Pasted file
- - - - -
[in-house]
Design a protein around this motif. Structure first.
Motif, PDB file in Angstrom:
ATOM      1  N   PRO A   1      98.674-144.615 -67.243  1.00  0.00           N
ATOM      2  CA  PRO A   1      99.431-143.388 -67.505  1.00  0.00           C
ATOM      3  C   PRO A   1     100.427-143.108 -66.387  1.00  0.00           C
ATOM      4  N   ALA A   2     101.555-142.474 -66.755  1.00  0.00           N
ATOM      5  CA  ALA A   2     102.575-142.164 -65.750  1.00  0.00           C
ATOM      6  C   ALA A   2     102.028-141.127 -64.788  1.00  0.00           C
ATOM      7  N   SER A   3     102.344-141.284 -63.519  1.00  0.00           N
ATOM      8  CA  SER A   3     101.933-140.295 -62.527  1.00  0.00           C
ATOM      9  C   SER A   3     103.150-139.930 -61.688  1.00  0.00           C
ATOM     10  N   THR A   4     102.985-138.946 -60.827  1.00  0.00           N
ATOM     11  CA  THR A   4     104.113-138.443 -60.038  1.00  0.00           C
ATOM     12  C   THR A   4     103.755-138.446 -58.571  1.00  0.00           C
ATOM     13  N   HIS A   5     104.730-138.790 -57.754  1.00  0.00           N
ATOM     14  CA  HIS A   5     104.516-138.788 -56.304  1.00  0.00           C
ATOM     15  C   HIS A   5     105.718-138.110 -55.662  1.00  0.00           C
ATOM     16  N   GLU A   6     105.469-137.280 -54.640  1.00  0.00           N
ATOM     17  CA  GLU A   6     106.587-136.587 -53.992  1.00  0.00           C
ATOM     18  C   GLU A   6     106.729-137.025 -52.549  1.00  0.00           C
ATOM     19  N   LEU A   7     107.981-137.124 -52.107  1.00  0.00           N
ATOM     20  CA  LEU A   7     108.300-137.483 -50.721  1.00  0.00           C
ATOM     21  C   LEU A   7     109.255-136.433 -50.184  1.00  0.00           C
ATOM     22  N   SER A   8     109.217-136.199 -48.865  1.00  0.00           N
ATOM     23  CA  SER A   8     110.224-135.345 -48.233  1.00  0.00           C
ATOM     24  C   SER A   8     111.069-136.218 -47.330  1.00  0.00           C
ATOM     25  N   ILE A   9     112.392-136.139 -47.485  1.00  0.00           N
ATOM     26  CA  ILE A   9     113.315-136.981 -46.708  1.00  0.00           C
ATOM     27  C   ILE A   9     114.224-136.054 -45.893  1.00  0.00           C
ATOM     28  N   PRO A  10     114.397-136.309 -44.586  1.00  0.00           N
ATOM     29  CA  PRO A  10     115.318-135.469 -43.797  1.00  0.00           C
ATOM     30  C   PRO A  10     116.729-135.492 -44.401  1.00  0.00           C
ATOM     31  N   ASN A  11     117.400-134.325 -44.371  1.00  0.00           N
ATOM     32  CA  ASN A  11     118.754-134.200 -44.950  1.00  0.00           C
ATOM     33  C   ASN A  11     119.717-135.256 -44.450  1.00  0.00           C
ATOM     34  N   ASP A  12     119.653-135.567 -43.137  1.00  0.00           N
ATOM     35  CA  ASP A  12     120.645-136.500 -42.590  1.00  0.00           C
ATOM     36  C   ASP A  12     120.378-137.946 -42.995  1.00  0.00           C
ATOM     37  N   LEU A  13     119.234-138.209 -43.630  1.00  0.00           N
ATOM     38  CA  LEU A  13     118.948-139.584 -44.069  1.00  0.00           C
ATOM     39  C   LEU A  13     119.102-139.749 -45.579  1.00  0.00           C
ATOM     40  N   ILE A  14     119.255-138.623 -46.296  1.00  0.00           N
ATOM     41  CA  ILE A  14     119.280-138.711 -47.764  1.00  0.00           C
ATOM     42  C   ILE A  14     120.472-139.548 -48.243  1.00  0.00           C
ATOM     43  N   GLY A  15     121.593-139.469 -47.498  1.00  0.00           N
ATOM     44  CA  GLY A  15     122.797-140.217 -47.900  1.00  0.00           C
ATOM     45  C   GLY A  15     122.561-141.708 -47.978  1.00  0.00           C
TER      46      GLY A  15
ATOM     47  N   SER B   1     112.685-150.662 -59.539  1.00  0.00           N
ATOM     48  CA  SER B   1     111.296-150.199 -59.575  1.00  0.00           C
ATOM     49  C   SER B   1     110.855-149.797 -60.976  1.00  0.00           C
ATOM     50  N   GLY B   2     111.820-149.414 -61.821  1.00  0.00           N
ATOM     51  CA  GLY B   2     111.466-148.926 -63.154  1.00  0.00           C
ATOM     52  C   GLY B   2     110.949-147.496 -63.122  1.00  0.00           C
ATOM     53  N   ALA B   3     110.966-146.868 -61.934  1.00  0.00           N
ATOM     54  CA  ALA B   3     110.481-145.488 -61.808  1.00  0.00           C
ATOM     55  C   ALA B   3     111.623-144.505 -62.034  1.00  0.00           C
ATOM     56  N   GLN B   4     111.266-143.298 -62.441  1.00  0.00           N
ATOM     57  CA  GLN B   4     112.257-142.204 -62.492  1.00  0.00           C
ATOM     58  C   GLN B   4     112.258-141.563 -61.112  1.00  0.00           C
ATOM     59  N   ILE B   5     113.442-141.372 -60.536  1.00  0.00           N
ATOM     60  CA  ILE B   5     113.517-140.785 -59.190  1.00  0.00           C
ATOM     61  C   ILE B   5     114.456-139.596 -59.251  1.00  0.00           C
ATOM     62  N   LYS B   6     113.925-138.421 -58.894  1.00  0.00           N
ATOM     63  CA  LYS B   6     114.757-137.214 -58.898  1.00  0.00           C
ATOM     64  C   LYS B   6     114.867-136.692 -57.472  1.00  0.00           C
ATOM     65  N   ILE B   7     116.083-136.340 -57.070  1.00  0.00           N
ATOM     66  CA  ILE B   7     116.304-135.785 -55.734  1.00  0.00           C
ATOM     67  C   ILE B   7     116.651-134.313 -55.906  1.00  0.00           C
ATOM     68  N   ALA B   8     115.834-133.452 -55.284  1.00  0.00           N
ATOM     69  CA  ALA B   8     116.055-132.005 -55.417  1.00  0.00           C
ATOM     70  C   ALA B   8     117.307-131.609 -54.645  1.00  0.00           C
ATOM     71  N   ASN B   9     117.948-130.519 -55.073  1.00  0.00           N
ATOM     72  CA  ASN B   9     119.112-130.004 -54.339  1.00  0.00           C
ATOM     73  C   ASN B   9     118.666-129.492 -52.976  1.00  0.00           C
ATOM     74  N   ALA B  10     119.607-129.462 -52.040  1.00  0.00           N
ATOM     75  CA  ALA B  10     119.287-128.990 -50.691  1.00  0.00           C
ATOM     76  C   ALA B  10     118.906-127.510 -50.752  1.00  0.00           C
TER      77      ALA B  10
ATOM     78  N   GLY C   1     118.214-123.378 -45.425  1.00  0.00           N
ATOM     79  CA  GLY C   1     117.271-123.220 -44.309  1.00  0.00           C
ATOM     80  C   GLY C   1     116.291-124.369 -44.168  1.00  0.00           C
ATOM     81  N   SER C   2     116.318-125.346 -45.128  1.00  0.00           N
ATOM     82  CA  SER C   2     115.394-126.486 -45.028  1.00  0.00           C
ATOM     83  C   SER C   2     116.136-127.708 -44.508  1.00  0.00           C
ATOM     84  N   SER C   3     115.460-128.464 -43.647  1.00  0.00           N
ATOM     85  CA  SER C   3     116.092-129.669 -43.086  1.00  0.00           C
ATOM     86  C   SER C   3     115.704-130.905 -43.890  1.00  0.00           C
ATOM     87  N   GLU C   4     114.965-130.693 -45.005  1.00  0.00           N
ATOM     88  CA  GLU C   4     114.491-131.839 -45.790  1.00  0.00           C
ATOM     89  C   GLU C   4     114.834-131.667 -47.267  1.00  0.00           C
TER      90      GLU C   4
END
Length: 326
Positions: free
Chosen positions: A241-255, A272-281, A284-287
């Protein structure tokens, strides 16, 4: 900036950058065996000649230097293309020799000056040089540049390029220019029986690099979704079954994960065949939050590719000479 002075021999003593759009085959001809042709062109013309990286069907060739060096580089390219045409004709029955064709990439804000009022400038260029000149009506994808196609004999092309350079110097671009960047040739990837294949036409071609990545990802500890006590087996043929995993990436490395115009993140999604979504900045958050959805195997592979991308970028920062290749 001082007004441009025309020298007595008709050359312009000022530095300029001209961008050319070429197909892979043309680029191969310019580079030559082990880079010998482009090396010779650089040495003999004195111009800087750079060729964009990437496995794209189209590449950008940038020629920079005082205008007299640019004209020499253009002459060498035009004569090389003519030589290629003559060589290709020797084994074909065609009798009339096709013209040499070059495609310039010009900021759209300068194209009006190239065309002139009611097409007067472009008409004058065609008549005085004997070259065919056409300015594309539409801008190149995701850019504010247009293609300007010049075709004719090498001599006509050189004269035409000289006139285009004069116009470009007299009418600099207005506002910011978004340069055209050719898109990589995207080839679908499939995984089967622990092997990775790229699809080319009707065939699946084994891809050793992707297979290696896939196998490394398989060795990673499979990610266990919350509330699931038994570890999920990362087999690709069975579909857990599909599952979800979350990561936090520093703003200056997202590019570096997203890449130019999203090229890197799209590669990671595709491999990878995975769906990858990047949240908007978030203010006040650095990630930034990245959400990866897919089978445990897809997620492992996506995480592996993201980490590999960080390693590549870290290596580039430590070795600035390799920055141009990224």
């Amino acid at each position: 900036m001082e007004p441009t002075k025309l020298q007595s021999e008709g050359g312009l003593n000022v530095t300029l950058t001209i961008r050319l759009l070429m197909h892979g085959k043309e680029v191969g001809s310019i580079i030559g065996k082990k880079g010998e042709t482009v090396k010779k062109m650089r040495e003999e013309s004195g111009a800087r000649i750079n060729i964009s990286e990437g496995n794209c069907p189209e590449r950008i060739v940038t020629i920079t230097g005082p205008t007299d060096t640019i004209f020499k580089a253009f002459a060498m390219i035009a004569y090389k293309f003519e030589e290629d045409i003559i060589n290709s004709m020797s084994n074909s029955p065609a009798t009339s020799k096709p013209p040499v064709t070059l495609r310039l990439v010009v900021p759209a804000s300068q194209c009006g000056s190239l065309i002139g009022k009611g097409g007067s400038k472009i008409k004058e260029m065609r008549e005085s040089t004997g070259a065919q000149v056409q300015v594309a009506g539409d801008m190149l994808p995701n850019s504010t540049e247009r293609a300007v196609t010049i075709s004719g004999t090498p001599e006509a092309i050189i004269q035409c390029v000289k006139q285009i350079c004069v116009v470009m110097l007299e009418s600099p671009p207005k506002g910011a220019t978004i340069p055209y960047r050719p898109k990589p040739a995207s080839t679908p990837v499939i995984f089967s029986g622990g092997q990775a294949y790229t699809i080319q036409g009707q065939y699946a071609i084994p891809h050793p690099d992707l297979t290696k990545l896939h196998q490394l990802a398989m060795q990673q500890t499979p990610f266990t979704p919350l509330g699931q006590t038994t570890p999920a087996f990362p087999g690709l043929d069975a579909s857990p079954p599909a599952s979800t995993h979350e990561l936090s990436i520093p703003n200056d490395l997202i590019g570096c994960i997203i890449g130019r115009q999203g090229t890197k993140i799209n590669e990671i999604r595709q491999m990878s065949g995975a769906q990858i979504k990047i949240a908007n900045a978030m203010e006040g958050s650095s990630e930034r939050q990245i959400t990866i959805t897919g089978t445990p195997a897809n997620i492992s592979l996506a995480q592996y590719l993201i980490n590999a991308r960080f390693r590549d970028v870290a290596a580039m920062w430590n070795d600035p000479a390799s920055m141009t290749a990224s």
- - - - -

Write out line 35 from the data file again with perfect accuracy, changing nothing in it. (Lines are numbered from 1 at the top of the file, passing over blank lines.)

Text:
ATOM     32  CA  ASN A  11     118.754-134.200 -44.950  1.00  0.00           C